Stanford Law School’s Immigrants’ Rights Clinic and other immigration organizations filed a lawsuit today in San Francisco to force the Obama Administration to release policy documents about its practice of fast-tracking the cases of recent Central American refugee families and children. The lawsuit, filed under the Freedom of Information Act, demands that the Department of Justice immediately release records describing its practice of placing the recent refugees’ cases in expedited deportation proceedings in the nation’s immigration courts.
The complaint alleges that the Executive Office for Immigration Review (EOIR), which supervises the nation’s immigration courts, failed to release records outlining federal government policies for placing Central American migrants on fast-tracked dockets. Travis Silva of the Lawyers’ Committee for Civil Rights stated, “Without this information, immigration attorneys lack the ability to advocate effectively for their clients, and the public cannot provide meaningful oversight of the fast-tracked hearing process.”
The lawsuit follows recent efforts by the Obama administration targeting Central American women and children refugees who have been through fast-tracked proceedings in home raids and other enforcement actions. News of the planned raids first broke on Christmas Eve and the raids began shortly after New Year’s Day. The administration has deported most of the mothers and children arrested in these raids to El Salvador, Honduras, Mexico, and Guatemala, which have extremely high crime rates and unchecked gang and cartel violence. Twelve refugee-seeking families were granted emergency stays by the Board of Immigration Appeals after pro bono attorneys scrambled to assist them when they were incarcerated at the South Texas Family Residential Center in Dilley, Texas. They have yet to be released.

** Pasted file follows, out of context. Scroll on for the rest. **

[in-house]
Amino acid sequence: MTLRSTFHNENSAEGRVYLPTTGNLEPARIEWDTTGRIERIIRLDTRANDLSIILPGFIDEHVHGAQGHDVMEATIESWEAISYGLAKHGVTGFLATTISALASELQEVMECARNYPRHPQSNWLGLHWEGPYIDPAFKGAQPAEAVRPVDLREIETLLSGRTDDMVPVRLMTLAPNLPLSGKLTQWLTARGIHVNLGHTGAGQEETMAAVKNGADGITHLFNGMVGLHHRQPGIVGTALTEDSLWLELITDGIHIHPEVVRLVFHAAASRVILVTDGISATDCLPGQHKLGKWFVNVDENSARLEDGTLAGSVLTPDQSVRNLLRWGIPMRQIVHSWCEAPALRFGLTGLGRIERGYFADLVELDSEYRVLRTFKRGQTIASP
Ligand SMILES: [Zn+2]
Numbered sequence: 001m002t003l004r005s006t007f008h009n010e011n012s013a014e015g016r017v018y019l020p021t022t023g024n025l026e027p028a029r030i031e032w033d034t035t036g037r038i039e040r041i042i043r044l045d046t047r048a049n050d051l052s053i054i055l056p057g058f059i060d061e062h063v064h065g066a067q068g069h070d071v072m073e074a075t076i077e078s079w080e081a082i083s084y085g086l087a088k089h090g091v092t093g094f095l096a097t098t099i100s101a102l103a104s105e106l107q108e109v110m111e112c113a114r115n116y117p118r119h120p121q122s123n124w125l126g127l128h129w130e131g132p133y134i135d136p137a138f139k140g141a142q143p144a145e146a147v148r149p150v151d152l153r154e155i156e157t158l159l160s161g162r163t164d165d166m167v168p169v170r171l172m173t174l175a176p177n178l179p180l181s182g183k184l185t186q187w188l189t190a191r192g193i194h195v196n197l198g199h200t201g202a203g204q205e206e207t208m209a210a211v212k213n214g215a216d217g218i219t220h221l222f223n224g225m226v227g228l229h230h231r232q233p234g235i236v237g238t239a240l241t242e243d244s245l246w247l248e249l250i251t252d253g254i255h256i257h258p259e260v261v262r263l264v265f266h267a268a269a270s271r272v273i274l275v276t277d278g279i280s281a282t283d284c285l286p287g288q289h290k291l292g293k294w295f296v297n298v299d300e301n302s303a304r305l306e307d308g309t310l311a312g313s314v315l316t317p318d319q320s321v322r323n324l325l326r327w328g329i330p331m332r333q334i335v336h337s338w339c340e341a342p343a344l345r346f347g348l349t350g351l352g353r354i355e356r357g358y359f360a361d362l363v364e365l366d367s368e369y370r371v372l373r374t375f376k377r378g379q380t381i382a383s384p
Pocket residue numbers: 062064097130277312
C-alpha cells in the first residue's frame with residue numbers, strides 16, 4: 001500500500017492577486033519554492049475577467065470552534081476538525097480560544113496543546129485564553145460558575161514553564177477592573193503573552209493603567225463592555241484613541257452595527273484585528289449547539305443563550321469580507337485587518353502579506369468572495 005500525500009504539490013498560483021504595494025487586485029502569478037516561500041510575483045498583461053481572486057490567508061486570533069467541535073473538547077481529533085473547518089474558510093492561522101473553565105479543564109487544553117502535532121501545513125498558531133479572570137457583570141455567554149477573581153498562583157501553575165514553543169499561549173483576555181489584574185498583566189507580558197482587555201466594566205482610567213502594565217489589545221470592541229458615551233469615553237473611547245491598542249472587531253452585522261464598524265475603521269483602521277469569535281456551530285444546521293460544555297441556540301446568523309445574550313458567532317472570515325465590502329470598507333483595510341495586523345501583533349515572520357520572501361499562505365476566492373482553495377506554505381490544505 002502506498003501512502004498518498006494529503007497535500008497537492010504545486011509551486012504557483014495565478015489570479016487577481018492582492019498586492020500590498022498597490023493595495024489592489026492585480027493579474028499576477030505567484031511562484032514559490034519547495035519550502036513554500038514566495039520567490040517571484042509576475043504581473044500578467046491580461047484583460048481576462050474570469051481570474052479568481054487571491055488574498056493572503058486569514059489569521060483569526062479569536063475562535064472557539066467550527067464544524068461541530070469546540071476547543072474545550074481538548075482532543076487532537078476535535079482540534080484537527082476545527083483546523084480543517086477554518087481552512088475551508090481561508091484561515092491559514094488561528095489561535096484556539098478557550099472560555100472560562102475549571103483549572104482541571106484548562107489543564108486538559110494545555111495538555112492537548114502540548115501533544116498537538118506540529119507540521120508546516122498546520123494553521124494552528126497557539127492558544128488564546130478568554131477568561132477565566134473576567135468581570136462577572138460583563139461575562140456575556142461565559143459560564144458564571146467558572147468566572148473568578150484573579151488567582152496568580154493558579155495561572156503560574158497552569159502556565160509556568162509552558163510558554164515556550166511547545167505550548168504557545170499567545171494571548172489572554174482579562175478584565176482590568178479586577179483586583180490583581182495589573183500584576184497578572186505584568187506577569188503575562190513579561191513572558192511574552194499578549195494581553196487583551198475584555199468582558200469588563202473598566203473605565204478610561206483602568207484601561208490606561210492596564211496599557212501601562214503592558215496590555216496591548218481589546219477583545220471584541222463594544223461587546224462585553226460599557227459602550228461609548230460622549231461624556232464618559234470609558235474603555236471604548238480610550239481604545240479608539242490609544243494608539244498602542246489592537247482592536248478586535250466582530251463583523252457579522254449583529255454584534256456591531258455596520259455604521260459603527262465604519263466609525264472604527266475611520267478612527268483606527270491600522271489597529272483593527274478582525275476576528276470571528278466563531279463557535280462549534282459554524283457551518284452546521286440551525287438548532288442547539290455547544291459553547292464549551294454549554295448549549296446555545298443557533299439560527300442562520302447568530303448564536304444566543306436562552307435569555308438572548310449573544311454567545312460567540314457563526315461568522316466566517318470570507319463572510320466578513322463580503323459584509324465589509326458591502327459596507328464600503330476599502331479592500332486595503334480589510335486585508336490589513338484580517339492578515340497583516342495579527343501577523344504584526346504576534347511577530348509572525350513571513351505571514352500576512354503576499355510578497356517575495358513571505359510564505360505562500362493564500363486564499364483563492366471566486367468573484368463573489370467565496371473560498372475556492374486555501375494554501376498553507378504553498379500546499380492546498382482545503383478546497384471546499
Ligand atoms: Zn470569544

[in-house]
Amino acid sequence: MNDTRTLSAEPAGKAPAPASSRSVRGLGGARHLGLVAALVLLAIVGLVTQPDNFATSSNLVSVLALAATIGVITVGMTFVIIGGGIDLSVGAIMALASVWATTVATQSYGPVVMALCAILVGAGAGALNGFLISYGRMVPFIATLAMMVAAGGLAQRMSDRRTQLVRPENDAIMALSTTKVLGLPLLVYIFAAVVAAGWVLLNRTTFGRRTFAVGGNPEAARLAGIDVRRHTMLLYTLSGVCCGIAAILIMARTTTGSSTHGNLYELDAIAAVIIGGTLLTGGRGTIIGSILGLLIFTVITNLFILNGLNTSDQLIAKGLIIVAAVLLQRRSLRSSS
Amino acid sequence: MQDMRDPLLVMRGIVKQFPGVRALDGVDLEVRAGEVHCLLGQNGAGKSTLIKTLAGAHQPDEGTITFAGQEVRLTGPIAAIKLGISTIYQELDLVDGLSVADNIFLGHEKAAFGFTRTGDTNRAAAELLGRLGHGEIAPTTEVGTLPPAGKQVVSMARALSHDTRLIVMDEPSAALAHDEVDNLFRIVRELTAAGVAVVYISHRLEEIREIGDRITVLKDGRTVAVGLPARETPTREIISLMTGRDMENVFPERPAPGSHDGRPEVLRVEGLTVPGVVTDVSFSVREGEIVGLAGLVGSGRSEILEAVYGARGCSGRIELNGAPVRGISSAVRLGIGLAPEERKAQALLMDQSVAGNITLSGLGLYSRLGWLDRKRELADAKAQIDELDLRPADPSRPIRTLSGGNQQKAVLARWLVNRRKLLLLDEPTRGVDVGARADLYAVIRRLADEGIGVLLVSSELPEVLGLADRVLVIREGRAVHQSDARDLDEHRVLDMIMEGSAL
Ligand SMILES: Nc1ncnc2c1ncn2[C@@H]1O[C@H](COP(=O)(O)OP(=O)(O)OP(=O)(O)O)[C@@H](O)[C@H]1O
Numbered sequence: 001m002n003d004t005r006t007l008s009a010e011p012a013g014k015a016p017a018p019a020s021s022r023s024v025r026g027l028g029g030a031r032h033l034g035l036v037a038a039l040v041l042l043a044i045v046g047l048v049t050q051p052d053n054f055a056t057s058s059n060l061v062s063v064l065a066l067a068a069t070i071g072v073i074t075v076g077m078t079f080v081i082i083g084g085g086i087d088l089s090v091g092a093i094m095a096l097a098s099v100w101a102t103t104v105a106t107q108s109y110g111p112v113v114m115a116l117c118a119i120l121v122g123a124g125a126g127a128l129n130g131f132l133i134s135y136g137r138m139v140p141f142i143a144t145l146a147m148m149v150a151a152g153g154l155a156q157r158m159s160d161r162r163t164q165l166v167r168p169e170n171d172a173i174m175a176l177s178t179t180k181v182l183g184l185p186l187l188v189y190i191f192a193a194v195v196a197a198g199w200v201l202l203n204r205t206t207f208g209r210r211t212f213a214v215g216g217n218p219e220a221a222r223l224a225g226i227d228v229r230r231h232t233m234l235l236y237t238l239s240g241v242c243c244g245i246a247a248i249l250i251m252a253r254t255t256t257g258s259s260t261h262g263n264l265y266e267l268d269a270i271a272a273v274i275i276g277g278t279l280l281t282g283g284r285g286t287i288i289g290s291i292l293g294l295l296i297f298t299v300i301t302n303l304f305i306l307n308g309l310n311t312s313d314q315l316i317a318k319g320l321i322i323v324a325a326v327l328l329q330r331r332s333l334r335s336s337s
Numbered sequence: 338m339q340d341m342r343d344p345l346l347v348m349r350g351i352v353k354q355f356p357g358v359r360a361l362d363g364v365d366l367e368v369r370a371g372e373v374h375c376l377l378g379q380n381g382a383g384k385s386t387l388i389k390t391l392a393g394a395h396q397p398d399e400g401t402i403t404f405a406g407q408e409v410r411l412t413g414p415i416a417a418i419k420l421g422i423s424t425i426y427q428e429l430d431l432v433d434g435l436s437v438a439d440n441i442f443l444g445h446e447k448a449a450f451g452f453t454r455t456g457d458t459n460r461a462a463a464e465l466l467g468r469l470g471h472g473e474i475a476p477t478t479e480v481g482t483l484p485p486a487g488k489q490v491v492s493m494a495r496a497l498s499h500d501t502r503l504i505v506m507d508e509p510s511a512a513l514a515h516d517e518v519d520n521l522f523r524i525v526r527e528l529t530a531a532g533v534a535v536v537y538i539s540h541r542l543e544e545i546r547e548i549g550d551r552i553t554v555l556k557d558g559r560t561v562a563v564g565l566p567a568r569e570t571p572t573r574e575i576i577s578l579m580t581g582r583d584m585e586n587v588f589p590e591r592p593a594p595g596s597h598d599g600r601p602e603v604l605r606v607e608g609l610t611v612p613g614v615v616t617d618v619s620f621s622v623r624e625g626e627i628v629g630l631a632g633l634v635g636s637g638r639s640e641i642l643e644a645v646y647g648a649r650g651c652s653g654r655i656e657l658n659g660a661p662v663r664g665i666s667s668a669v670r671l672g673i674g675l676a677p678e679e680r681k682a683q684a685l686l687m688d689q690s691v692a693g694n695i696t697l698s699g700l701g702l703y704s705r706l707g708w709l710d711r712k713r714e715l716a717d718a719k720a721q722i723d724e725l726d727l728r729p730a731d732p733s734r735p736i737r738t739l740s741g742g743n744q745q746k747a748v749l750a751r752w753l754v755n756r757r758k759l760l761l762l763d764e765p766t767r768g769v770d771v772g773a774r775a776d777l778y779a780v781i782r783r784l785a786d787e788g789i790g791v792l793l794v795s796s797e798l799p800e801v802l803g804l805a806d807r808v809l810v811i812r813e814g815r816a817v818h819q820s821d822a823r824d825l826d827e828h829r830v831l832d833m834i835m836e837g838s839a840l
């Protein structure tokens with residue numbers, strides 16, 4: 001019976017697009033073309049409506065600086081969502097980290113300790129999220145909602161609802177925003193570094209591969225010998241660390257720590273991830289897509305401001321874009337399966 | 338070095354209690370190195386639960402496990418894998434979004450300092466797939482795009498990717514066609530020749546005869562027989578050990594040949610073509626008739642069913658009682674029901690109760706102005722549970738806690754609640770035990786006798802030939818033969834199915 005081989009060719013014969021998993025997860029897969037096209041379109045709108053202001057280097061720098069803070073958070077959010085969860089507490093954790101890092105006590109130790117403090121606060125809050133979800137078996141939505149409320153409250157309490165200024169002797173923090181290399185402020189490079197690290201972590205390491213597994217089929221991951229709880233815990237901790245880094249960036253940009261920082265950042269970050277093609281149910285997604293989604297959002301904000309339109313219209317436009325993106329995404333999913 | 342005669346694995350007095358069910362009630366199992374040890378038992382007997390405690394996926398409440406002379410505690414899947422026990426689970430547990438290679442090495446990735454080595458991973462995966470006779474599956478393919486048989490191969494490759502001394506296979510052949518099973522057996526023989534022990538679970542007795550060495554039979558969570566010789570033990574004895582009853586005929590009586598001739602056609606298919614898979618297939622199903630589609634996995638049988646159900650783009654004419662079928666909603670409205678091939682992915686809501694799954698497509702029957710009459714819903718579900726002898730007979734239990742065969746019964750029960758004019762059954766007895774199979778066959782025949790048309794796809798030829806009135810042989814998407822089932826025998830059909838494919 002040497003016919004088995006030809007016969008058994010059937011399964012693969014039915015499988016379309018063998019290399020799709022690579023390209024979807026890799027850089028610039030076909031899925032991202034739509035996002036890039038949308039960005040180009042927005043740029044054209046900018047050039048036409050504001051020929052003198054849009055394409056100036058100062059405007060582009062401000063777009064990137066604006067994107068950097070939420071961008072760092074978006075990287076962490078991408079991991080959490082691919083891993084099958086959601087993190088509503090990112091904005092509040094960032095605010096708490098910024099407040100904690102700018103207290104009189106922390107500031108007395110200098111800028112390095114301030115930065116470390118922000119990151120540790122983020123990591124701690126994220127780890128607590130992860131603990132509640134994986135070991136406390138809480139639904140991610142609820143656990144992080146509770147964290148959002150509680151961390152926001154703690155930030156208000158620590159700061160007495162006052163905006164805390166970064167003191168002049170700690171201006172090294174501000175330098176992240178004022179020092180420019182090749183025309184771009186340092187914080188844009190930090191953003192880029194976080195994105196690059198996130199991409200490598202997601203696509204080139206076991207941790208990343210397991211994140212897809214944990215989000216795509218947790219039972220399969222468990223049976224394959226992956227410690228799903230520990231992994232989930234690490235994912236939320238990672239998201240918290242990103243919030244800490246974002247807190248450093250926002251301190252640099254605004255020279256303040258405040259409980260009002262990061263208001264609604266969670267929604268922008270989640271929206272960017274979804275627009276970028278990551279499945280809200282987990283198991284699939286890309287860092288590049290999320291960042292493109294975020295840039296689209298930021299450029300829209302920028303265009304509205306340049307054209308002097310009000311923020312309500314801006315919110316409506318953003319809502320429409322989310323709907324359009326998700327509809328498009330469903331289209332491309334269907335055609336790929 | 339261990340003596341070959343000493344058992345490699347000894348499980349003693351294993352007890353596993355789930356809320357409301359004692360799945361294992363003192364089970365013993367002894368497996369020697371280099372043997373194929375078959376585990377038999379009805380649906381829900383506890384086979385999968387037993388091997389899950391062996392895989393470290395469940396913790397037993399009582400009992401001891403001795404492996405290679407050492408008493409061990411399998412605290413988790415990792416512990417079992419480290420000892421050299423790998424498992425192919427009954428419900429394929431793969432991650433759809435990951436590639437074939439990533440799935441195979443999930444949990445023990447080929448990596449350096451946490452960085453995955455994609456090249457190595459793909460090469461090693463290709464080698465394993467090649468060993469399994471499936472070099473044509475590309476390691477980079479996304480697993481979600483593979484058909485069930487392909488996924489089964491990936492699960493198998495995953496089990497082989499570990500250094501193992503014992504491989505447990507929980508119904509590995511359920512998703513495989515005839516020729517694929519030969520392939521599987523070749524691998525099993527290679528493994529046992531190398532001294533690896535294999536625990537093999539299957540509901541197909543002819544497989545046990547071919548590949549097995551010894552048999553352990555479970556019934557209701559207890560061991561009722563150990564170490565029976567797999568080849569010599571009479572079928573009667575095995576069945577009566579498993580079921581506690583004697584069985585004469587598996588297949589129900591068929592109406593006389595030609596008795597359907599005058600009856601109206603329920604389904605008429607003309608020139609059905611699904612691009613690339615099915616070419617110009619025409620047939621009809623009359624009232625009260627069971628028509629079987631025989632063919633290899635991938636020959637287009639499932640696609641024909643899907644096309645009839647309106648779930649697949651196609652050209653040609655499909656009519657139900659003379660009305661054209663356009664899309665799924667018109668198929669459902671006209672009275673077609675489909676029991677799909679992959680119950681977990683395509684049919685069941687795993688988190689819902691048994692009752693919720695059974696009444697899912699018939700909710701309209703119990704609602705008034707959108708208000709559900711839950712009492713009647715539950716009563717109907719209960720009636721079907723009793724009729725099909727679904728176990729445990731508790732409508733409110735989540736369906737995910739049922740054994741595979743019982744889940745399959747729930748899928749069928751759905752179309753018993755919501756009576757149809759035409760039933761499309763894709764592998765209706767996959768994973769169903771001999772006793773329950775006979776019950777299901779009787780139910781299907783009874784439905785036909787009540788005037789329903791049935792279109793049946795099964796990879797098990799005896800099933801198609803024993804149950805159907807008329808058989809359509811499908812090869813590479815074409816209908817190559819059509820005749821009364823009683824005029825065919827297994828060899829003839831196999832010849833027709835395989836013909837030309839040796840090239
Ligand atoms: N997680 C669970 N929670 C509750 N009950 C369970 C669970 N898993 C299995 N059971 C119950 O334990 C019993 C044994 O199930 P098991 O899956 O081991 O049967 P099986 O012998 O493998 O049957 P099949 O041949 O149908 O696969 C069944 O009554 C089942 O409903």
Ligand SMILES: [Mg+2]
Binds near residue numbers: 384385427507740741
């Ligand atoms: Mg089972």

“Our member attorneys represent many of the women and children who have faced unspeakable violence in Central America. The information we are seeking is critical to ensuring that their due process rights are protected. And now that the government is taking enforcement actions to remove these families, time is of the essence,” said Betsy Lawrence, director of liaison for the American Immigration Lawyers Association.
“The need for the information we seek is underscored by the real-life consequences of the fast-tracked dockets,” said Ilyce Shugall, directing attorney of the Immigration Program at Community Legal Services in East Palo Alto (CLSEPA). “We have represented women and children who were ordered deported because they could not find a lawyer quickly enough.”
“The public deserves to know the policies by which the federal government is considering the asylum claims of recent Central American children and families, many of whom have fled horrible persecution abroad,” said Jayashri Srikantiah, director of the Stanford Law School Immigrants’ Rights Clinic, which represents (along with other counsel) the immigration organizations filing the lawsuit.
The organizations filing the FOIA lawsuit are: the American Immigration Lawyers Association; the Center for Gender & Refugee Studies (CGRS) at the University of California, Hastings College of the Law; Lawyers’ Committee for Civil Rights of the San Francisco Bay Area, and Community Legal Services in East Palo Alto (CLSEPA). Attorney Thomas Burke of Davis Wright Tremaine LLP, the Stanford Law School Immigrants’ Rights Clinic, and attorneys at CGRS, LCCR, and CLSEPA are co-counsel in this lawsuit.
The lawsuit was filed in the U.S. District Court for the Northern District of California.